Having lost at the Ninth Circuit, Wal-Mart vows to take the decision certifying a massive class action over alleged sexual discrimination to the Supreme Court. Good luck, says Jeffrey Jacobson, an expert on defending class actions with Debevoise & Plimpton in New York.
A better analogy might be the lawsuit Wal-Mart and other retailers pursued against Visa and Mastercard for allegedly monopolizing the credit-card business. The card issuers settled that one for $3 billion in 2003 after a federal judge in New York certified an arguably more gargantuan class representing every merchant from Wal-Mart to the corner store. The Second Circuit Court of Appeals upheld the certification even though the card issuers argued that the expert for the plaintiffs hadn't even proposed a way to calculate how the merchants had been ripped off.
"The Supreme Court has had chances before to review mega classes, and it hasn’t done it," said Jacobson.
In the Dukes case, Wal-Mart is accused of fostering a corporate culture in which managers promote and pay men more than women. Plaintiff lawyers were careful to structure the case as one seeking injunctive relief, or a court order changing the practices they object to. That's crucial to maintaining the class, because if financial compensation dominates the case, Wal-Mart would be entitled to thousands of mini-trials to determine how much each plaintiff is entitled to receive. The dissenters in the Ninth decision, including Chief Judge Alex Kozinski, said the majority played fast and loose with these distinctions, approving a hopelessly large class that stripped Wal-Mart of its right to defend itself.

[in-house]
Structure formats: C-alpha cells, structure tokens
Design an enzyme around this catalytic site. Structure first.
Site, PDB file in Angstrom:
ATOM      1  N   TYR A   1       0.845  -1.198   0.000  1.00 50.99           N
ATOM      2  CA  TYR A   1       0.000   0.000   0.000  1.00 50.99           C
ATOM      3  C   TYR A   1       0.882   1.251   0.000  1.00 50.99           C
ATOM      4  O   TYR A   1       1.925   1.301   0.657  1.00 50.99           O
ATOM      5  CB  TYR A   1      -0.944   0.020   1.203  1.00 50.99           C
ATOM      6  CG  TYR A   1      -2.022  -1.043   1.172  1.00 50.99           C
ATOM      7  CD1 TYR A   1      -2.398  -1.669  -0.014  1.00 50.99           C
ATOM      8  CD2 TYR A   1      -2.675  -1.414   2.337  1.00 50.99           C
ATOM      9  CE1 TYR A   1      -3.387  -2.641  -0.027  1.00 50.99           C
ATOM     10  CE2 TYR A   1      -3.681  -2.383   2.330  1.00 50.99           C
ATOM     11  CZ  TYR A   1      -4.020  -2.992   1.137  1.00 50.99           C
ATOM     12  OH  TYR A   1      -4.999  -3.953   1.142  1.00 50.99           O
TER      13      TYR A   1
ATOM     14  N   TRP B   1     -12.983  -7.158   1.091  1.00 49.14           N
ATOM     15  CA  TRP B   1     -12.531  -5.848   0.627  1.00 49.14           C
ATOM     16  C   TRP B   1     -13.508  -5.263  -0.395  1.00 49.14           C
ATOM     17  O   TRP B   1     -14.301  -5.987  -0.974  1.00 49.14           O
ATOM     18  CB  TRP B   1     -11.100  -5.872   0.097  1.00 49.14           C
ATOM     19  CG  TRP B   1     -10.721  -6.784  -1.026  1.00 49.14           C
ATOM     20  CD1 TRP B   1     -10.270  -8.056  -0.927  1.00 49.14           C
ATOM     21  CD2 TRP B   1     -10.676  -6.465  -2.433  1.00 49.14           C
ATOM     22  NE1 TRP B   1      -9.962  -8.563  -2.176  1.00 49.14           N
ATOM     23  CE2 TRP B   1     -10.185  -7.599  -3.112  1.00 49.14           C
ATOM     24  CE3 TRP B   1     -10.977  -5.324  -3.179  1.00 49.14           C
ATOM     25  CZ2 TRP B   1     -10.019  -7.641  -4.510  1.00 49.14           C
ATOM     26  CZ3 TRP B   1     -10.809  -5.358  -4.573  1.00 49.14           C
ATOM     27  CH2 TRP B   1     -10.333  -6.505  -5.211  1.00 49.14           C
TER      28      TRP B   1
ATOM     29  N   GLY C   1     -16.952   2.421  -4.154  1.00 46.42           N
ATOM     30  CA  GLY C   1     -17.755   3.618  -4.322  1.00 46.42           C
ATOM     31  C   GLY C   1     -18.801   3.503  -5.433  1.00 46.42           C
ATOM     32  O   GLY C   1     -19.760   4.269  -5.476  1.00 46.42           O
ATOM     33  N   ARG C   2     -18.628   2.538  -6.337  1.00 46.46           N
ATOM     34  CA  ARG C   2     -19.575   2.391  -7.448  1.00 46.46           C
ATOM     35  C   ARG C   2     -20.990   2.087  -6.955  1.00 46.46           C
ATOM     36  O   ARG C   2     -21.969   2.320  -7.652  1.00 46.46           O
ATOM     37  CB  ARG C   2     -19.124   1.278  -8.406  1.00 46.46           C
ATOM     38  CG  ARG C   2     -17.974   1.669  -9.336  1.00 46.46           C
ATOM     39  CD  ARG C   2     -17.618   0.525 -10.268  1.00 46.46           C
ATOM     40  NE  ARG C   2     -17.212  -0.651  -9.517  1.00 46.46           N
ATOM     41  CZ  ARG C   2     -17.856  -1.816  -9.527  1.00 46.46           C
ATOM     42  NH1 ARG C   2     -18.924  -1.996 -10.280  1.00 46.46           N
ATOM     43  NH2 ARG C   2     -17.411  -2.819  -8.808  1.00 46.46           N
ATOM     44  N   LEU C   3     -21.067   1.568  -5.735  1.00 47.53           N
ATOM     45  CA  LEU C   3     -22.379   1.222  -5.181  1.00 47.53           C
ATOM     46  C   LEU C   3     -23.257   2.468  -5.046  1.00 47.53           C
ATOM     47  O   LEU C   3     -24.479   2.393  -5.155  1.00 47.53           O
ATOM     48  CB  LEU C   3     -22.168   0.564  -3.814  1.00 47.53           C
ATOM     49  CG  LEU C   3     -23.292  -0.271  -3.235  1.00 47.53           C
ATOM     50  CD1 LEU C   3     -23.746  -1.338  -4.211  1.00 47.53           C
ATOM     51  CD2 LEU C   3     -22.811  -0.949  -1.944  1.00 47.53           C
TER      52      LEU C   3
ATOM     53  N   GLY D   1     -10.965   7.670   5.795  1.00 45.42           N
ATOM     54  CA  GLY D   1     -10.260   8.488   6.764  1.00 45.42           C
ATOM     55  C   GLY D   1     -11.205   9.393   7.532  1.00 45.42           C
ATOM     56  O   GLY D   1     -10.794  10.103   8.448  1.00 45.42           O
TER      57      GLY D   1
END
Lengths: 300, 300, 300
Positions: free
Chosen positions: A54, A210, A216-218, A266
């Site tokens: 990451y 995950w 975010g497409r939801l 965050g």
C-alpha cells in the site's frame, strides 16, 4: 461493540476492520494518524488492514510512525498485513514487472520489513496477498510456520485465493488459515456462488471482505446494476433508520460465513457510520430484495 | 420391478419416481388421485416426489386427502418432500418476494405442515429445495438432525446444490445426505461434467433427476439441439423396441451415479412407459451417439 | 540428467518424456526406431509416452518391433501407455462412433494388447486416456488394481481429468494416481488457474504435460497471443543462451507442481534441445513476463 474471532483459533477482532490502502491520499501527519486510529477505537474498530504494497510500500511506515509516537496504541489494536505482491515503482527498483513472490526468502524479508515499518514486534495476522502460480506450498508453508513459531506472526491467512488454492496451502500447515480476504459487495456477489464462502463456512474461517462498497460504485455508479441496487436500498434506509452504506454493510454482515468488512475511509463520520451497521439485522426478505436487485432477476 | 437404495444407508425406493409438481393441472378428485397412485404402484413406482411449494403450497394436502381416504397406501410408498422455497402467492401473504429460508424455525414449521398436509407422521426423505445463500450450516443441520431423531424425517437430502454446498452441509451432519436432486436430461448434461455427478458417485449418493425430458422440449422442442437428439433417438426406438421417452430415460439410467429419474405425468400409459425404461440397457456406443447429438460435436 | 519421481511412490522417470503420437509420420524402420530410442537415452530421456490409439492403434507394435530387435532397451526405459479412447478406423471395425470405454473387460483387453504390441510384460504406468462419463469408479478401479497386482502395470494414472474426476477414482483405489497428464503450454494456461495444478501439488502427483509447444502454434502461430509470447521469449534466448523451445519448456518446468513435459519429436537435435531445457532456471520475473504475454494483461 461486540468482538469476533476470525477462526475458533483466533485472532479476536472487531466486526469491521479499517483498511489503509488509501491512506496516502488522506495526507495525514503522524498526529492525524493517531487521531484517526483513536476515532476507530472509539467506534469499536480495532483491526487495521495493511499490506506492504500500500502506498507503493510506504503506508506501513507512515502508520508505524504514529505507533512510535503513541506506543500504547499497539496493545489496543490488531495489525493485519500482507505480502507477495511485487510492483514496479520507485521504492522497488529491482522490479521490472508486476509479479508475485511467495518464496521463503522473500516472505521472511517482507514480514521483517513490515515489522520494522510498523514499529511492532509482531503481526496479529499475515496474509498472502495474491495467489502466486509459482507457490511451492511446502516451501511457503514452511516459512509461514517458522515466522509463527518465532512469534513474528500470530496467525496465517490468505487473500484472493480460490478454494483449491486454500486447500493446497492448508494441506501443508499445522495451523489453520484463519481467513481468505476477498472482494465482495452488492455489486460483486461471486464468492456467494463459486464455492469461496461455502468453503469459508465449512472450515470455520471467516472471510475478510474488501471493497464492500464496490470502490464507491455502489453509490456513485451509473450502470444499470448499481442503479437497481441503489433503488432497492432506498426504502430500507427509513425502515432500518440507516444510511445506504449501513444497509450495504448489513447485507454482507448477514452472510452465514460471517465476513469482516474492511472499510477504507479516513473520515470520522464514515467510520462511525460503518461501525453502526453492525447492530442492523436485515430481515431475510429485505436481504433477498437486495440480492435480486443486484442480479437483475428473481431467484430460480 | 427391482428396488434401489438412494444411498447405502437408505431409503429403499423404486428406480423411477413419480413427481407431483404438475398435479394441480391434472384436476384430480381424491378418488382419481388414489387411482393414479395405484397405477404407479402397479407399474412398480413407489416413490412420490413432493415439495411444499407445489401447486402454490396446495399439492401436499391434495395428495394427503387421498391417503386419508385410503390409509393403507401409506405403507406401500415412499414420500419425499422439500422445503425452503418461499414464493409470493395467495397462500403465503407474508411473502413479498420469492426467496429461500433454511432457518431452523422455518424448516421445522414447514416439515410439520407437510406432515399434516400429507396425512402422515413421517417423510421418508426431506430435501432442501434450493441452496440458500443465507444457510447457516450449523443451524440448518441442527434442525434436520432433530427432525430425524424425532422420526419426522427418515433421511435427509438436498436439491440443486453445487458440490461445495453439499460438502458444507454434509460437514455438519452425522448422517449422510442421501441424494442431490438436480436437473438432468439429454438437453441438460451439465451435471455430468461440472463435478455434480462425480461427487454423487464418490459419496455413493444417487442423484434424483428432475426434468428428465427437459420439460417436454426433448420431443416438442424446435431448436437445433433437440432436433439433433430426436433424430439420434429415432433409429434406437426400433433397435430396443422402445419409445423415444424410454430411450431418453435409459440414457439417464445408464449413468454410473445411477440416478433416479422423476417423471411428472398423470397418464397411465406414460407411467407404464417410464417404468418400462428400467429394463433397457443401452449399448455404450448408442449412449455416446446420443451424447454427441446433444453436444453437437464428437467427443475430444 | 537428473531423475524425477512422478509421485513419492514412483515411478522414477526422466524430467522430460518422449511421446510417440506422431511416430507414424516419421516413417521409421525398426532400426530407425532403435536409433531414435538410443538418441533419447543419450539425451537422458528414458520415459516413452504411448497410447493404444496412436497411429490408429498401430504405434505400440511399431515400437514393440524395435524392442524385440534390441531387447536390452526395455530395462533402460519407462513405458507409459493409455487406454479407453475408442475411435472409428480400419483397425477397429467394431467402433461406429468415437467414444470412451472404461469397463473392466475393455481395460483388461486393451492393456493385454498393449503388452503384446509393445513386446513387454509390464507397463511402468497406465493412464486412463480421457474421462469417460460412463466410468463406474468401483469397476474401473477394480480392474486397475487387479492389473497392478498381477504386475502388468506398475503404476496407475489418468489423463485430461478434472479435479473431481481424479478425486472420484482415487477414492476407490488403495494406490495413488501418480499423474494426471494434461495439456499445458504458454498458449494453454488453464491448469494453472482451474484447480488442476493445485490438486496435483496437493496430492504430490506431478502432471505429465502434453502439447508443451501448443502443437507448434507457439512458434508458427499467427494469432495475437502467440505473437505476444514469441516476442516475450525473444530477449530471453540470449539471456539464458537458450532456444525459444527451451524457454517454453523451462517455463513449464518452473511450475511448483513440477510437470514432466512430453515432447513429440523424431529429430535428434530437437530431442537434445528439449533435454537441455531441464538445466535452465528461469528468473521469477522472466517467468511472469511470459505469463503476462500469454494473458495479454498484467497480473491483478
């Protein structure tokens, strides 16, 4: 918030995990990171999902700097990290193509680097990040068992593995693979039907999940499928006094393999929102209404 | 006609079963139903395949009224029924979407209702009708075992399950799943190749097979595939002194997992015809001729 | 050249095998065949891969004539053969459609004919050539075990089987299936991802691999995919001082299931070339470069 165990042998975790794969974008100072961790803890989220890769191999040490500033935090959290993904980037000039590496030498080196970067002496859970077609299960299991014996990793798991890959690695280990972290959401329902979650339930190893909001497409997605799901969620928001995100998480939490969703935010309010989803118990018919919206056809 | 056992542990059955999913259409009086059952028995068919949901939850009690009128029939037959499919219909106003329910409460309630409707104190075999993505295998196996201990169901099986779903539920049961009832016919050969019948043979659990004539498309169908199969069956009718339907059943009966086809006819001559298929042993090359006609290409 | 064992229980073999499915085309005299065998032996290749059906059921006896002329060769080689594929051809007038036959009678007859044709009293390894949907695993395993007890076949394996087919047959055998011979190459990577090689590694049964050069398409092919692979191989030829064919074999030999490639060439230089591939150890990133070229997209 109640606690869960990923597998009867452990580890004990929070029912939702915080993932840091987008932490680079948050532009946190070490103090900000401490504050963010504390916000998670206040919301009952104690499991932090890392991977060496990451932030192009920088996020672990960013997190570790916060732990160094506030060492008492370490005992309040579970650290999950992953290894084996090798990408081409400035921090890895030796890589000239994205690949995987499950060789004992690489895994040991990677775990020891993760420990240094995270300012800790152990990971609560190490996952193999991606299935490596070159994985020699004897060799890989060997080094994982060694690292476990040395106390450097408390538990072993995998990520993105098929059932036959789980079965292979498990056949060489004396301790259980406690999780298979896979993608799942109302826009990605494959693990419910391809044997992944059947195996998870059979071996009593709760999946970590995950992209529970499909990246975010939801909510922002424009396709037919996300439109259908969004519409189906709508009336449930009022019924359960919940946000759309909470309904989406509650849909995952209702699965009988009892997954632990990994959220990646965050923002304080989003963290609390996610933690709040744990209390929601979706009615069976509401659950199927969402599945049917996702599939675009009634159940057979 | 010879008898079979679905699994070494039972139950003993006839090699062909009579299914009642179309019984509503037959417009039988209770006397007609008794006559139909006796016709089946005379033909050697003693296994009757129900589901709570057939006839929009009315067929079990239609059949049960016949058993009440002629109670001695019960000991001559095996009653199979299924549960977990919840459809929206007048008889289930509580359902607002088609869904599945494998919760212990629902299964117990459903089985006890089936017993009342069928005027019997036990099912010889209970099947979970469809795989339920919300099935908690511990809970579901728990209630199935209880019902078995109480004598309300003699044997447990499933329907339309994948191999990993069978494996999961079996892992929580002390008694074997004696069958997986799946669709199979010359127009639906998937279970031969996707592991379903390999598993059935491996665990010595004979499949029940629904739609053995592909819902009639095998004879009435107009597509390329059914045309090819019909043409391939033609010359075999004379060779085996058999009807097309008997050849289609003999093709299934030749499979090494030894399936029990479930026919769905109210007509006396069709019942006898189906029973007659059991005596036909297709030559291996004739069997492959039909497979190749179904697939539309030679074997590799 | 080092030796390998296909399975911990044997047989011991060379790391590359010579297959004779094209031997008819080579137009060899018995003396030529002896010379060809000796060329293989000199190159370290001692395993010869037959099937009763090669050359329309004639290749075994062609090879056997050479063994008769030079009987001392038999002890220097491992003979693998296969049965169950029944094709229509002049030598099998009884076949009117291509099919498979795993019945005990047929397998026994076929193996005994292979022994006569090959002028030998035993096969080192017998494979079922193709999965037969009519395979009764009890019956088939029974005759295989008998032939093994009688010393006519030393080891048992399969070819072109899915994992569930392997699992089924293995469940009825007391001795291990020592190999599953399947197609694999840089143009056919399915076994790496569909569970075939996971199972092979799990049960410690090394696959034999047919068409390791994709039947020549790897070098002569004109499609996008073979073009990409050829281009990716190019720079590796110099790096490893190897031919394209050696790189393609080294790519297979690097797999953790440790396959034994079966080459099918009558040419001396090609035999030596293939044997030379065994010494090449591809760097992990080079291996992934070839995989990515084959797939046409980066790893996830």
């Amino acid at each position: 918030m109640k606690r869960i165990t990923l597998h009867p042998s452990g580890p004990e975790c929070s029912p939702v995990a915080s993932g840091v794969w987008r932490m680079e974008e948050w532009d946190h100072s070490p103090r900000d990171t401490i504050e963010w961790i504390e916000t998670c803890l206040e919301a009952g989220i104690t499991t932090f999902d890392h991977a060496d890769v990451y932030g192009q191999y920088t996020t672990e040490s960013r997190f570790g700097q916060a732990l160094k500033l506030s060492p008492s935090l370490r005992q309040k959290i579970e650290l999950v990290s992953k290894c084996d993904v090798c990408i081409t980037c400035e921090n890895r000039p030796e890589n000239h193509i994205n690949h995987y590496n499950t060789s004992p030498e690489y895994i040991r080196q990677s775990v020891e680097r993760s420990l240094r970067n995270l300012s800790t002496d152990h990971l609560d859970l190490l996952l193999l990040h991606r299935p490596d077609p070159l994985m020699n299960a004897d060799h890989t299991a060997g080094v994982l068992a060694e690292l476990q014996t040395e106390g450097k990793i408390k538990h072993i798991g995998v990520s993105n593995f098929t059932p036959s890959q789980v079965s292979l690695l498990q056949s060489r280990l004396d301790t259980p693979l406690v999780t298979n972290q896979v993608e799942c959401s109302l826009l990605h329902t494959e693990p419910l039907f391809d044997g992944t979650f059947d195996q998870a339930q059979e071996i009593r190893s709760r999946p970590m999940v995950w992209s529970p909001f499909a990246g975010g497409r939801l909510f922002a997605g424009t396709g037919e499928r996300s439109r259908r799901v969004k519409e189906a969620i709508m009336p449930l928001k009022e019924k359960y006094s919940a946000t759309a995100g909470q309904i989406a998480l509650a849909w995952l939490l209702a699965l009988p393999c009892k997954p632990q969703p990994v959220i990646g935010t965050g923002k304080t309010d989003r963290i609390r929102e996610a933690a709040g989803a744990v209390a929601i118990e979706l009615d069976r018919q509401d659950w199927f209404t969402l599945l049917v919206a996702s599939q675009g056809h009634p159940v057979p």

That may be true, said Jacobson. Only three securities class actions have gone to trial in the past decade, Jacobson said, because "once a class is certified the damages at stake are usually more than a public company is willing to risk.”
“For the Supreme Court to take it now, four justices would have to agree with the dissent that this class is too big to proceed," Jacobson said. But the converse is a little difficult for even conservative justices to get their heads around: Can a company like Wal-Mart be too big to sue over widespread practices like employment discrimination?
Wal-Mart would have a better shot if the Solicitor General supported bringing the case before the Supreme Court. But with its strong support from unions, the Obama administration is unlikely to throw a helping hand out to staunchly non-union Wal-Mart. The best the retailer can hope for is another appealable ruling from the trial court, perhaps on whether former employees can join the class. In the meantime, Wal-Mart's lawyers better refresh their memories about the Visa settlement negotiations.